Standing shoulder to shoulder at the Hyattsville bakery, they confidently connect with the crowd.

So, when Pelosi, 74, leaves the national stage – and don’t expect this anytime soon – will Edwards, 56, be the person left in the spotlight?


Click here to read the rest of the article.


Rep. Edwards Hosts Panel Discussion on Impact of Uterine Fibroids on African American Women

At this year’s Congressional Black Caucus Foundation’s Annual Legislative Conference, Rep. Edwards hosted a panel discussion entitled, “A Edwards CBCF ALC Panel 2014Hidden Epidemic: Uterine Fibroids and African American Women.”  The panel brought together leading doctors and health care professionals who had an informative conversation about the impact uterine fibroids are having on African American women.

The panelists included Linda Blount, MPH; Stacey Ann Scheib, MD; Kara Odom Walker, MD, MPH; and C. Emmanuel Ayers, MD.





Rep. Edwards Discusses Addressing Domestic Violence With RealClearPolitics

From RealClearPolitics:

Rep. Donna Edwards and Sen. Heidi Heitkamp expressed a strong hope Thursday that the deeply divided U.S. Congress can come together to address the problem of domestic violence.

Speaking at a breakfast organized by RealClearPolitics and Allstate, the Maryland congresswoman and the North Dakota senator discussed the state of the Violence Against Women Act; the new frontiers in combating domestic violence; and whether an issue as important as women’s safety can bridge divides among polarized lawmakers.

To read the entire article, please click here.

Rep. Edwards on USA Today’s “Capital Download”

Rep. Edwards sat down with USA Today’s Washington DC Bureau Chief Susan Page for “Capital Download.”

From USA Today:

Maryland Rep. Donna Edwards, 56, for the second straight time heads the “Red to Blue” program at the Democratic Congressional Campaign Committee — that is, the targeted effort to win Republican-held seats in November. On USA TODAY’s Capital Download newsmaker series, she talked about Democratic prospects, President Obama’s impact and the exploding immigration crisis. Answers and questions have been edited for length and clarity.


To watch the video clip, click here.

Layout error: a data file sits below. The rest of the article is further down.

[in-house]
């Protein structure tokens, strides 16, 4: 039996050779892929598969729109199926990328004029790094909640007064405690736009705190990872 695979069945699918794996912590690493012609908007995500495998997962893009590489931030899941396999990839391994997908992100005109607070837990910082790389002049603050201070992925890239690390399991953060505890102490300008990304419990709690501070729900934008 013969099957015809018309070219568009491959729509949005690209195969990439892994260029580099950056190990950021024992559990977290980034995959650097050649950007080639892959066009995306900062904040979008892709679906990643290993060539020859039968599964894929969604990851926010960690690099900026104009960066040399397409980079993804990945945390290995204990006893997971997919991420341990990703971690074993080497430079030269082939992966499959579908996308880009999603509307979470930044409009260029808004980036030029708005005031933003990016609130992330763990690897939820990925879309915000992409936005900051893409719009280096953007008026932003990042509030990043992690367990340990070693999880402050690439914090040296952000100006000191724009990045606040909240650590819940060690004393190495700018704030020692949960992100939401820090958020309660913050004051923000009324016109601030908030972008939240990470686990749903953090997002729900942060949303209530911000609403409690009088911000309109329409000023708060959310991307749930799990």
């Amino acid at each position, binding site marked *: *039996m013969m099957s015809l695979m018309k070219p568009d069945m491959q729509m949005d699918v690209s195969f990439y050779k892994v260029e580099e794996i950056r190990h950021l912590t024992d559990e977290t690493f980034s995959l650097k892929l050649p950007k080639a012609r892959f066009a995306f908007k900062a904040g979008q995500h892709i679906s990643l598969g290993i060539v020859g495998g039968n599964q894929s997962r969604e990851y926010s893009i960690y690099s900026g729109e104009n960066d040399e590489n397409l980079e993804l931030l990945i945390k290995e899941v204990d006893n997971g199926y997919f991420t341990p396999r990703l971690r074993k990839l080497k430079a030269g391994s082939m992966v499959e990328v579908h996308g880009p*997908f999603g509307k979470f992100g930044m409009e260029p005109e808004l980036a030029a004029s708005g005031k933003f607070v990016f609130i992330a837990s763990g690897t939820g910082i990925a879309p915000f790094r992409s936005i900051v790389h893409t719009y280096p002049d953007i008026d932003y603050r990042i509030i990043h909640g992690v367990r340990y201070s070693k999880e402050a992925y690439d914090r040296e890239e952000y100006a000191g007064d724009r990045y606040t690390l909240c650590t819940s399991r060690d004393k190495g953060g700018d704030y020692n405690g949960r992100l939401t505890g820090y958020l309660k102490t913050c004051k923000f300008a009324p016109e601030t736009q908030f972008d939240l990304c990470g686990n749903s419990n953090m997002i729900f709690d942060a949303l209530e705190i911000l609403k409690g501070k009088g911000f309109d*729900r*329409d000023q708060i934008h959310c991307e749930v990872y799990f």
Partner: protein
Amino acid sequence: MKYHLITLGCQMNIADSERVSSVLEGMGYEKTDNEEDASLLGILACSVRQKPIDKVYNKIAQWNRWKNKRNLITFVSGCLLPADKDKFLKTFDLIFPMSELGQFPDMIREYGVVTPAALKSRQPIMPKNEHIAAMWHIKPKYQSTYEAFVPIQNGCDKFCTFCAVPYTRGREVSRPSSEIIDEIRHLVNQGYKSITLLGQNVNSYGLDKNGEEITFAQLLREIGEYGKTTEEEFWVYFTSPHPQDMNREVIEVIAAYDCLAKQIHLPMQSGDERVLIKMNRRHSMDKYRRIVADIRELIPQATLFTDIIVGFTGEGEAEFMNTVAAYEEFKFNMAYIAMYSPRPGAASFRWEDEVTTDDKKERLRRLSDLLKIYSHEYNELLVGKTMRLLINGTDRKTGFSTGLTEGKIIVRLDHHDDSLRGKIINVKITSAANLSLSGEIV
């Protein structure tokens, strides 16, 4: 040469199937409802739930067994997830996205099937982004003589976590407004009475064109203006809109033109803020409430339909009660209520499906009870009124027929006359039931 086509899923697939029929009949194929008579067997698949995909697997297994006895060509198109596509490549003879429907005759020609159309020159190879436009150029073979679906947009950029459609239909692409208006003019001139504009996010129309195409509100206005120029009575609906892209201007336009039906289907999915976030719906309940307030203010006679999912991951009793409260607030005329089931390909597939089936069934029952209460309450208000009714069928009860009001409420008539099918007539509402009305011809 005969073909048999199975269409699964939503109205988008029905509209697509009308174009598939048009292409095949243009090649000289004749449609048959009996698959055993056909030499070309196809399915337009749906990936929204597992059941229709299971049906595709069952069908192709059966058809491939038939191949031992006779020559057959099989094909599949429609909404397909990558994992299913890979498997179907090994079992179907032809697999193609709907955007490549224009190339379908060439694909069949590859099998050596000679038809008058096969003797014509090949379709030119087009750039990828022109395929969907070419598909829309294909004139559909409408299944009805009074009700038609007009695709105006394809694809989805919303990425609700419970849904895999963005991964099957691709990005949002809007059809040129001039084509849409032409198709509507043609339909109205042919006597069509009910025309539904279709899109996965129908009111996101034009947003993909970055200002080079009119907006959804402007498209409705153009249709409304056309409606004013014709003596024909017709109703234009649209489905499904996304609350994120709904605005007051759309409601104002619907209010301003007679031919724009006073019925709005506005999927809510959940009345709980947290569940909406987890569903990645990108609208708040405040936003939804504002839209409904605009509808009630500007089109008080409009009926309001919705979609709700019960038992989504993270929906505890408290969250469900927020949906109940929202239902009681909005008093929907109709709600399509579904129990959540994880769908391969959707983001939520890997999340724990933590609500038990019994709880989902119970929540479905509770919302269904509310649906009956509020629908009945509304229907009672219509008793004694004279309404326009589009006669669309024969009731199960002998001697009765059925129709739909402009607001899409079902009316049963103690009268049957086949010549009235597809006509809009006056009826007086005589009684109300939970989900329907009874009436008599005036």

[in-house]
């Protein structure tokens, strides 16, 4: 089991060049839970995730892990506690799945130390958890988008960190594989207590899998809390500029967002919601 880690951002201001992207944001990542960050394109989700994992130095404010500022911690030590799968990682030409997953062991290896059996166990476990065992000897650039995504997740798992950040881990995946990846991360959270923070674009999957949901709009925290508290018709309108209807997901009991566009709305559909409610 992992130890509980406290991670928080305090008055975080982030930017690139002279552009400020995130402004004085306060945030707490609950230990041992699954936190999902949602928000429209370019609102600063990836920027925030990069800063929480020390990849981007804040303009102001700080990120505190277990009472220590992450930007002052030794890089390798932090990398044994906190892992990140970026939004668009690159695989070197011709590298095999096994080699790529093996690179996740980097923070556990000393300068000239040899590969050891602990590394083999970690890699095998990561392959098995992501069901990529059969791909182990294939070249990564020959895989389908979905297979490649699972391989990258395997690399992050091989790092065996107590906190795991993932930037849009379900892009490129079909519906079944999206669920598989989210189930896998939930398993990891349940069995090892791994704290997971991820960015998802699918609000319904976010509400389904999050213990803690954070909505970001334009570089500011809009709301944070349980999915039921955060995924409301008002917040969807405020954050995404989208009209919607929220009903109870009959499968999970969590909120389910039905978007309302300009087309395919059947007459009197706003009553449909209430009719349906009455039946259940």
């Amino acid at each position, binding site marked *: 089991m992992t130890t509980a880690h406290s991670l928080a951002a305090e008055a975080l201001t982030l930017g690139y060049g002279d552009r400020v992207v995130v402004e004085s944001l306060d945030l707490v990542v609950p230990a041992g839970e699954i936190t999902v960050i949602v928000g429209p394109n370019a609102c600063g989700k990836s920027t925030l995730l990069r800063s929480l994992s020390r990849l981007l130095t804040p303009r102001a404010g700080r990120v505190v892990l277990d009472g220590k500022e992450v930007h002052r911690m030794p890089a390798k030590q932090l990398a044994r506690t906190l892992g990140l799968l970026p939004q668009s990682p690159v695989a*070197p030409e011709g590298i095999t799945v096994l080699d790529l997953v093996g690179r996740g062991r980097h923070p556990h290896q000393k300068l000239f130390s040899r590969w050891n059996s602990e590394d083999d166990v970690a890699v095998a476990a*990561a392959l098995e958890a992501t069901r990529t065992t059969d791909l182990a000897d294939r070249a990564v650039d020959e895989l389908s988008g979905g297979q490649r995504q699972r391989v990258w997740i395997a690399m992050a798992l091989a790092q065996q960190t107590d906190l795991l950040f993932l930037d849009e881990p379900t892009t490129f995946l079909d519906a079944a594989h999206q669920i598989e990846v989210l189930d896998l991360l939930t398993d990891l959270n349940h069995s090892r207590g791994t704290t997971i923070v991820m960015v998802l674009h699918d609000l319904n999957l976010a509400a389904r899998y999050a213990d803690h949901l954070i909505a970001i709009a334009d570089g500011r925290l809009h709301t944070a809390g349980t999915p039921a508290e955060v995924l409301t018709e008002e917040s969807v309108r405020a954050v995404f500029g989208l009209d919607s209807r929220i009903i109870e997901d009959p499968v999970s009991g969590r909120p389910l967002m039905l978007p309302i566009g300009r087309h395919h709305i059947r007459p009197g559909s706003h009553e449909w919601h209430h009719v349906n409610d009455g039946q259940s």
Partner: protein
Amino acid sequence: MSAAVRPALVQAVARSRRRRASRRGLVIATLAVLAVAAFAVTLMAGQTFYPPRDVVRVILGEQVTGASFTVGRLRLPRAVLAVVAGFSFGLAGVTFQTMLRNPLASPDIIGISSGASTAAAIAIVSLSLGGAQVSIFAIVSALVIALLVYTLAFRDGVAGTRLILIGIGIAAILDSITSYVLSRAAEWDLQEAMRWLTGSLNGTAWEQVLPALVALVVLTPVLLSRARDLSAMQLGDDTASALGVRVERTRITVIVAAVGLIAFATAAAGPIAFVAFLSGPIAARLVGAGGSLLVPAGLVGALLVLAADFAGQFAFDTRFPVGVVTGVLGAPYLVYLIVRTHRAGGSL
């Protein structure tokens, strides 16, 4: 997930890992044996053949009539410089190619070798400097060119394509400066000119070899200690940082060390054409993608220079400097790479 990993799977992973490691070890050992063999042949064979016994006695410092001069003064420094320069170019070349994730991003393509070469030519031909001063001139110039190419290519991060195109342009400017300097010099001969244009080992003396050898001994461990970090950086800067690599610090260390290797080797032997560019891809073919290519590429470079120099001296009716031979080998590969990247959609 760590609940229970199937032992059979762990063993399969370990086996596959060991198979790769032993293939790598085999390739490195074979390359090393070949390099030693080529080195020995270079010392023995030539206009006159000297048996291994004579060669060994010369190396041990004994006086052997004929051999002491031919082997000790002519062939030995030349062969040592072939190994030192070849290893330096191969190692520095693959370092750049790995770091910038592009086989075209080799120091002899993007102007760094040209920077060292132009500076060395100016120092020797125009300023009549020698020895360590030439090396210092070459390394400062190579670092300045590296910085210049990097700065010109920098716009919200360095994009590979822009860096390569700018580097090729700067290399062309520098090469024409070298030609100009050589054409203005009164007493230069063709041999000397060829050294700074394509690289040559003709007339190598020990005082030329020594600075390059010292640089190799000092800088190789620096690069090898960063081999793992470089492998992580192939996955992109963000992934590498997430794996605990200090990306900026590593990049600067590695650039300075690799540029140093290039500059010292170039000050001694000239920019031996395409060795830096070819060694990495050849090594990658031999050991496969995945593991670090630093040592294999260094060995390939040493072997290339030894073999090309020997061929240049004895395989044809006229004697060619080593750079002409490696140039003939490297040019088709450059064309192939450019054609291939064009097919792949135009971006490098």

Thank You

Dear Friends,


Thank you once again for the honor of serving as your Member of Congress in the U.S. House of Representatives.  I take thisphoto 1 responsibility seriously, and it is why I fight every single day on behalf of the residents of Maryland’s 4th Congressional District.  It is why shortly after being elected to office in 2008, I ensured low-income and disadvantage Maryland students could also receive afterschool suppers in addition to breakfast and lunch. It is why I fought to include a provision in the Affordable Care Act to hold insurance companies accountable for unjustified rate increases.  


With your support, I will continue to be a vocal advocate to create jobs and strengthen the economy by investing in 21st Century infrastructure — roads, bridges, rail — expanding research and development, and improving Pre-k to 12 and higher education.  As chair of the Democratic women in Congress, I am dedicated to passing a women’s economic agenda that includes increasing the federal minimum wage, guaranteeing equal pay for equal work, and ensuring quality, affordable childcare to boost the national economy and increase incomes for working people. And I will fight to ensure we continue to protect Social Security, Medicare, Medicaid, and our dedicated federal workers.


I included a few photographs of just some of the old and new friends I met as I traveled throughout Maryland’s photo(2)4thCongressional District during yesterday’s primary.  I thank all of you for your years of support and once again for the opportunity to continue fighting and working hard for you in Congress.


With your votes and your support, I look forward to representing you in the 114th Congress following my reelection in November.



Donna Edwards

Rep. Edwards’ Mail Piece, with President Obama’s Endorsement

Click to view larger versions of the mail piece.

Edwards Mailer Page 1 Edwards Mailer Page 2

Rep. Edwards on MSNBC’s “Andrea Mitchell Reports”

Rep. Edwards was a recent guest on MSNBC’s “Andrea Mitchell Reports.”  Rep. Edwards highlighted the “When Women Succeed, America Succeeds” National Bus Tour.

She said:
“Women’s voices are incredibly important in the midterm elections and getting them to turn out to vote on our three pillars: equal pay for equal work, paid sick leave and also making sure that we have quality affordable childcare. The crowds were terrific, they were tremendous [...] really enthusiastic for the agenda and for what it means for women.”
Rep. Edwards Andrea Mitchell Reports WEA Bus Tour
Rep. Edwards continued:

“Two-thirds of workers who work for the minimum wage are women, and what that means is that when you’re working for minimum wage you can be working 40 hours a week and you don’t even make it to the poverty line. This impacts women and families and children. [...] We haven’t raised the wage since 2006, when Democrats actually had the gavel. On the bus tour Leader Pelosi said public sentiment is everything. We have to raise that public sentiment in every single congressional district across the country, and then we will have a Congress that understands the importance of raising the minimum wage to $10.10 an hour.”